In Kohut's self-psychology, the notion of the parents as an infant's selfobjects comes close to supposing this. So one answer might be 'self-psychology'.
Kohut avoids defining the self, so it is impossible to know whether he supposes the self would exist without them, but the parents are not conceived of by Kohut as truly separate from the self of the infant early in development. They are its 'selfobjects', the things out of which its 'self' is really made.
Going beyond Klein's notion that an infant introjects the world, pulling important objects into itself in phantasy to be rid of the anxiety about their absence, Kohut sees the self itself as truly made up of attachments to objects (mostly people, despite the word).
In the same way a transitional object like a favorite stuffed toy can become a replacement for continual holding, another object can take the place of a selfobject out of necessity, but the need for some connection back to the original remains real. (At some point Mommy can set him down at will, but if the 'wubby' is lost, the child falls apart.)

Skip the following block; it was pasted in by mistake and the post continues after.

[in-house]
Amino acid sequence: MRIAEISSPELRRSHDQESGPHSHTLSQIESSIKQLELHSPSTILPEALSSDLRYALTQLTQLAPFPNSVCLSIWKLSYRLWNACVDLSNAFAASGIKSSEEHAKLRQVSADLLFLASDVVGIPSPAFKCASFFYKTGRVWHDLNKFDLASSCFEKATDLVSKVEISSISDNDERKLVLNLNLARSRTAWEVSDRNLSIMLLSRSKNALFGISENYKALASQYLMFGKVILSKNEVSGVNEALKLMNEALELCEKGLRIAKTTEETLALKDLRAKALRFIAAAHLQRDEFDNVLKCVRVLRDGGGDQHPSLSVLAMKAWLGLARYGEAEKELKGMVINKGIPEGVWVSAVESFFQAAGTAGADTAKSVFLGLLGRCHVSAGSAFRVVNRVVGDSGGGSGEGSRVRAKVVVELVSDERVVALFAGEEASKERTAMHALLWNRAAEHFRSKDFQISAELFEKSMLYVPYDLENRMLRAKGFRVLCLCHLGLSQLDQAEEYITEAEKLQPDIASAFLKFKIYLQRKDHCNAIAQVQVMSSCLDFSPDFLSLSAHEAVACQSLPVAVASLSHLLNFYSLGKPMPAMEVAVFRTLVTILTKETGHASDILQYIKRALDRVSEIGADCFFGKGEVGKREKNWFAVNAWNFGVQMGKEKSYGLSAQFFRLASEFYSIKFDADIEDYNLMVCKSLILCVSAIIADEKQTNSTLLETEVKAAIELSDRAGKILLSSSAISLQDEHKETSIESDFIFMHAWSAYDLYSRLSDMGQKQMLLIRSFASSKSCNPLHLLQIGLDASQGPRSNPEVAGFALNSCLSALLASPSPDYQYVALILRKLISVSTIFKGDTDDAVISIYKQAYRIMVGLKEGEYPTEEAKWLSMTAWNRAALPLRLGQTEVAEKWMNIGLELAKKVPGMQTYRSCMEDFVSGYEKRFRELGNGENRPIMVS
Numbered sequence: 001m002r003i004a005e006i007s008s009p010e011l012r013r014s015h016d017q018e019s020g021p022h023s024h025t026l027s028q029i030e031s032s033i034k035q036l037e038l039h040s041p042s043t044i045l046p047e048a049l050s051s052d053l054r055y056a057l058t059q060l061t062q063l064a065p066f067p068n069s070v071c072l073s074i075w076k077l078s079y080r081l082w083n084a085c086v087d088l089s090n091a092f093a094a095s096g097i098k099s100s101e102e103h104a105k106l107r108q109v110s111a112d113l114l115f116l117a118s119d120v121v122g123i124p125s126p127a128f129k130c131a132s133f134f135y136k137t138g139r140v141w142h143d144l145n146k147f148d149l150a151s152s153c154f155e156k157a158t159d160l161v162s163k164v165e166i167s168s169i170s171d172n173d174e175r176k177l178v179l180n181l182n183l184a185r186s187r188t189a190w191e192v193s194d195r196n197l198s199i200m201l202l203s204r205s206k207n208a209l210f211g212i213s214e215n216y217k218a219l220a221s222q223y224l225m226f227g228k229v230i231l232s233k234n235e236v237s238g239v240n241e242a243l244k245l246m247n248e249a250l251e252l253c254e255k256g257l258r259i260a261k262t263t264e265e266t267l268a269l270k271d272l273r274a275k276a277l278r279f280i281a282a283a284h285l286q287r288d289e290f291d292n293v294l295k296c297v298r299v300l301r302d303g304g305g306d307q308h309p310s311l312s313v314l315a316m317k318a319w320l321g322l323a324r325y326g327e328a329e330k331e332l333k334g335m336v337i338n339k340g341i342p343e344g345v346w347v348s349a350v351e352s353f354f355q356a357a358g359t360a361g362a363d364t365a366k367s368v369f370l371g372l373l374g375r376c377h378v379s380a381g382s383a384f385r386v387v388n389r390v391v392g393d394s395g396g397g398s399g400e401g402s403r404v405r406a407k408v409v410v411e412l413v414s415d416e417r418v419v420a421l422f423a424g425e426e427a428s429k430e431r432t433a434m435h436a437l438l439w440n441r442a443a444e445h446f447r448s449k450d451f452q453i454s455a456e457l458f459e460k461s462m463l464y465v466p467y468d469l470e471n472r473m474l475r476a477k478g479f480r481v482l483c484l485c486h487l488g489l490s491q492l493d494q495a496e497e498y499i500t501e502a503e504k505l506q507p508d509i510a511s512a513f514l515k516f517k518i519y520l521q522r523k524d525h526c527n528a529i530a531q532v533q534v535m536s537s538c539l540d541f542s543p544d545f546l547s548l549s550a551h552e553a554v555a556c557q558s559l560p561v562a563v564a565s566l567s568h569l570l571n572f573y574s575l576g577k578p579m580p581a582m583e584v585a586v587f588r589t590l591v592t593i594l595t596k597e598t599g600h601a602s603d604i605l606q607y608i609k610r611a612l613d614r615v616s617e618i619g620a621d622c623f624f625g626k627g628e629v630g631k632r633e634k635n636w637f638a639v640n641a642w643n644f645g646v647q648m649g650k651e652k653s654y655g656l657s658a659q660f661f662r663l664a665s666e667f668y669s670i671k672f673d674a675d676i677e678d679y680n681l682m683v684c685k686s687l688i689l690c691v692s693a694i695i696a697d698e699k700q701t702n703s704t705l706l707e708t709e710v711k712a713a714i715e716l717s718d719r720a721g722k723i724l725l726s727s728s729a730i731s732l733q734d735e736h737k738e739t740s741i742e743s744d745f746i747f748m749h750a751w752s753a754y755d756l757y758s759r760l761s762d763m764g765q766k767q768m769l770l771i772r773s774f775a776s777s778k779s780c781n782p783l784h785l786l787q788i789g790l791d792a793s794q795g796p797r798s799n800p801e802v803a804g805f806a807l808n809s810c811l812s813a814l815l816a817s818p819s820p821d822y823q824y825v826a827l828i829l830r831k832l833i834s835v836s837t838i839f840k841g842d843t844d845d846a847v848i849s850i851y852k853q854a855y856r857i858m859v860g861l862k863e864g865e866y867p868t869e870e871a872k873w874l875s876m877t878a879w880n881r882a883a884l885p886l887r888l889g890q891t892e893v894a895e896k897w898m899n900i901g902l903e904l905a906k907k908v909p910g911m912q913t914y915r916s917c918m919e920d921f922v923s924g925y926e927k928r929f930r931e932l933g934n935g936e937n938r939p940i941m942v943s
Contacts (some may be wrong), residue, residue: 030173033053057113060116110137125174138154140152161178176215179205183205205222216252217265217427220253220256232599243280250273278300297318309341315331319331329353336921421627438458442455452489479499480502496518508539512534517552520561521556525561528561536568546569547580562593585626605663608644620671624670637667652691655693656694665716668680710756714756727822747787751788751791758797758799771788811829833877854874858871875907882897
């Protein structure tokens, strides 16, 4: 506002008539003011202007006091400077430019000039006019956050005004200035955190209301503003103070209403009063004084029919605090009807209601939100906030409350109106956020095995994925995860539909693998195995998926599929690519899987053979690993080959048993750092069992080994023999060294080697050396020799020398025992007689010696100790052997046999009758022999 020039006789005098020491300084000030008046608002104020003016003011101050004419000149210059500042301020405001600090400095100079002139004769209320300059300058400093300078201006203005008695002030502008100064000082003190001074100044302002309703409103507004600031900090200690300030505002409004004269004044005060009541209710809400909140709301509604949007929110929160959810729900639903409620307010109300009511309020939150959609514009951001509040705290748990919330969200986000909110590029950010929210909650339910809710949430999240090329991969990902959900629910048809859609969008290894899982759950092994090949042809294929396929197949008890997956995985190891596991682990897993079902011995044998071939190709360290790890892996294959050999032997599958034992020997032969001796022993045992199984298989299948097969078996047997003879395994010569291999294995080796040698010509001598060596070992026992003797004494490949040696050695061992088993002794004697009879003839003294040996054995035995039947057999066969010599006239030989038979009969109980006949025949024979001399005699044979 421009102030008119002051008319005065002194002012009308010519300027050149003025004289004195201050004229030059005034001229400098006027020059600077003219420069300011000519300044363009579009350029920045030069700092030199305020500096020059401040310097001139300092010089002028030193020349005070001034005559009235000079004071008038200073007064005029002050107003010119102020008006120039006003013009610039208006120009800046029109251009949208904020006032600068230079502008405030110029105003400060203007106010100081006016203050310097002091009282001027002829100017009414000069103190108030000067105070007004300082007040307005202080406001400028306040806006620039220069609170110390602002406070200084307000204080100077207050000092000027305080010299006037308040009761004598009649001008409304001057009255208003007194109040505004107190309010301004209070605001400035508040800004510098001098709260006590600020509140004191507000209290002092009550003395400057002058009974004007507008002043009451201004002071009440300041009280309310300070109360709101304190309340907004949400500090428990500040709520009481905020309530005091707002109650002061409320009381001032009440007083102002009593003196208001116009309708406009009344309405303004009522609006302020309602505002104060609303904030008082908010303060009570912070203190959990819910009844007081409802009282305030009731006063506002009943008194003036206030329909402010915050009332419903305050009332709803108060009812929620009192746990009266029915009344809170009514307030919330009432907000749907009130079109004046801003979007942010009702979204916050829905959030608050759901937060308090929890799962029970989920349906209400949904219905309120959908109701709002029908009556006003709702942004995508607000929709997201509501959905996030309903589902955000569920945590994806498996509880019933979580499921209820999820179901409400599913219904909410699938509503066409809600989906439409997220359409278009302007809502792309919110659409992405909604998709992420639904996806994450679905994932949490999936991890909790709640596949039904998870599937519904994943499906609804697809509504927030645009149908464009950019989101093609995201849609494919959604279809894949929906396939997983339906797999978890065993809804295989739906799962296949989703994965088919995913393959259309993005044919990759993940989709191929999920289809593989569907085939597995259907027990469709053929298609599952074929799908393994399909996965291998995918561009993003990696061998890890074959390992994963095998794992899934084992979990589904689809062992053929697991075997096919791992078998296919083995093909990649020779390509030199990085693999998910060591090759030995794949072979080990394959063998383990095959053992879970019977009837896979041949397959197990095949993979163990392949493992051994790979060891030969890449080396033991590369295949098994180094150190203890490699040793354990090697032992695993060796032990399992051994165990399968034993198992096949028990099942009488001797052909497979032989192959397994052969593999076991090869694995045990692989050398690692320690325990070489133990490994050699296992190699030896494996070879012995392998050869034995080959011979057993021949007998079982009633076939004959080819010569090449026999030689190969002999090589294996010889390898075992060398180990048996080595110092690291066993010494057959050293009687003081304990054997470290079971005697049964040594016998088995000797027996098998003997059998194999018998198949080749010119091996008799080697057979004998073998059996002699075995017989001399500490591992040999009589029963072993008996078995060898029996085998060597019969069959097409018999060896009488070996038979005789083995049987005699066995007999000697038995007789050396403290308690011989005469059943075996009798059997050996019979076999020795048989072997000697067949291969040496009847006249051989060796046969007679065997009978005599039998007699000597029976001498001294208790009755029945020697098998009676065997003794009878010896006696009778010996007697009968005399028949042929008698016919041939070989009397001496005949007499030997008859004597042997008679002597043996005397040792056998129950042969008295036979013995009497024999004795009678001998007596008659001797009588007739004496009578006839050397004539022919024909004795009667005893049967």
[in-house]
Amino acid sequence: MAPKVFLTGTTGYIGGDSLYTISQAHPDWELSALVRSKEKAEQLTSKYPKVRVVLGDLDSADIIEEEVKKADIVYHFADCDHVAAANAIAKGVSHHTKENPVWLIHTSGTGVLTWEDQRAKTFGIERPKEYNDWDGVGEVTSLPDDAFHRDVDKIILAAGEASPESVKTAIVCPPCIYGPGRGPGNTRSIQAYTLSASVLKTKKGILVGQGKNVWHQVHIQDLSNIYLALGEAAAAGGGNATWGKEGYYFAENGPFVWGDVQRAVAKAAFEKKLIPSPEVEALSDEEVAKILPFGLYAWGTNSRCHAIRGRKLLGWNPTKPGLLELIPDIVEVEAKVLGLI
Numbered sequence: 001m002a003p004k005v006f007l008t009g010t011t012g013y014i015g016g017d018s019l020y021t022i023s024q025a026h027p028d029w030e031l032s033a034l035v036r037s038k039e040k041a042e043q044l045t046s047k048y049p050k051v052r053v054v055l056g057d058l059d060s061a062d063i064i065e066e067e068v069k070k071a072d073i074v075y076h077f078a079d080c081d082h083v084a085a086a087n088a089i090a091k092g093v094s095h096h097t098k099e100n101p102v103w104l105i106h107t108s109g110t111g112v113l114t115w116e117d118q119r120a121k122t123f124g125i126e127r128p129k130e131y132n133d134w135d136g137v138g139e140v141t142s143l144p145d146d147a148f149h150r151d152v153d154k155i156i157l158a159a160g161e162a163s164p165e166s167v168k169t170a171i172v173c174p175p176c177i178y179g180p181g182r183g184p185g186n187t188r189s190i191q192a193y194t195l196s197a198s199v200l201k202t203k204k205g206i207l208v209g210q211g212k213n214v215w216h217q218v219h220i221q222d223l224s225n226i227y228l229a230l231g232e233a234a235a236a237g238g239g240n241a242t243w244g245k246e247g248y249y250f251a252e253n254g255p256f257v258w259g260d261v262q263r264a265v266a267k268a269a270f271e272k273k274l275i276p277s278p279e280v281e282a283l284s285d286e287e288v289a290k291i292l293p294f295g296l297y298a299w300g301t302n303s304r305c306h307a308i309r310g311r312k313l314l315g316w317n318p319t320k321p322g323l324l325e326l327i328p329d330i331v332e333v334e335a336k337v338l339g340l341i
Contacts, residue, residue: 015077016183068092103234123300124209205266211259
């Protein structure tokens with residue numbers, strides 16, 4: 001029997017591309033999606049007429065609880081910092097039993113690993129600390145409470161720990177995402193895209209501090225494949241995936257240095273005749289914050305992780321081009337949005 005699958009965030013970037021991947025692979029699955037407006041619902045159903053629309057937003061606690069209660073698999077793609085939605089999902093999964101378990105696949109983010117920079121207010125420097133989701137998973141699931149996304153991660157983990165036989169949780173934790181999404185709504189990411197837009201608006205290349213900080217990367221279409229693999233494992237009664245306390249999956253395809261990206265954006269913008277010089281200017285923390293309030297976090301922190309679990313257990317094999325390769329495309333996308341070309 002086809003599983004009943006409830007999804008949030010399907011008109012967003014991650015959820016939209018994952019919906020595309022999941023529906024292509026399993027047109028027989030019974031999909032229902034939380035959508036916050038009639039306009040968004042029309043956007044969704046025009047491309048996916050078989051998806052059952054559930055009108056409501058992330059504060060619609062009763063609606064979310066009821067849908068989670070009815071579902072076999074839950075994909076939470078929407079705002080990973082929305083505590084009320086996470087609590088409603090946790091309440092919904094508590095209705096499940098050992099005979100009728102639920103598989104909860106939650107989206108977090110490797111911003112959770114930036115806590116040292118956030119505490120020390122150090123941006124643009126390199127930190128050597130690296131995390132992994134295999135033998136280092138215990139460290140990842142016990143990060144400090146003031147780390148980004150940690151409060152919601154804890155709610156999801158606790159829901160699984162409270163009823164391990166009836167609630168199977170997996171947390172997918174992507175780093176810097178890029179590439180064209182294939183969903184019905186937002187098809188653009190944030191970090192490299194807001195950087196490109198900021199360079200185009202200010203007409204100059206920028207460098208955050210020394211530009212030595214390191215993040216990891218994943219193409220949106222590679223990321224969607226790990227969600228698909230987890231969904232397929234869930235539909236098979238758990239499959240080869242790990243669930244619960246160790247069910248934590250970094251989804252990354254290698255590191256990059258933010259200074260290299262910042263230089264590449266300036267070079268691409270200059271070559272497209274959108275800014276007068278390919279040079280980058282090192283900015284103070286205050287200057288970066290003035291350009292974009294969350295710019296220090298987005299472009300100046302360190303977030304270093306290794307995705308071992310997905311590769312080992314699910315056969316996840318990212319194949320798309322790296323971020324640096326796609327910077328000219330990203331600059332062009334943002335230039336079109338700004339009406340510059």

In the most direct application of the theory, for an addict, the substance and the feeling of being in an altered state of mind can be selfobjects that have replaced earlier selfobjects like maternal regard and the giddiness of being regarded.
Deprived of selfobjects, one's self lacks cohesion and one 'fragments'. Narcissistically healthy people have a broad enough set of associations to selfobjects and clear enough internal images to evoke those associations, that they are never truly deprived of them. Though even healthy people, placed in a foreign enough environment, may begin to fragment due to a lack of reminders and experiences of their selfobjects.
(Of course this has to do with selfhood, not existence. Someone could exist entirely as an extension of another person, with a common self. It seems to me that we do so in the womb and continue to do so for a while as infants. Of course that does not mean that fetuses or infants have no physical existence.)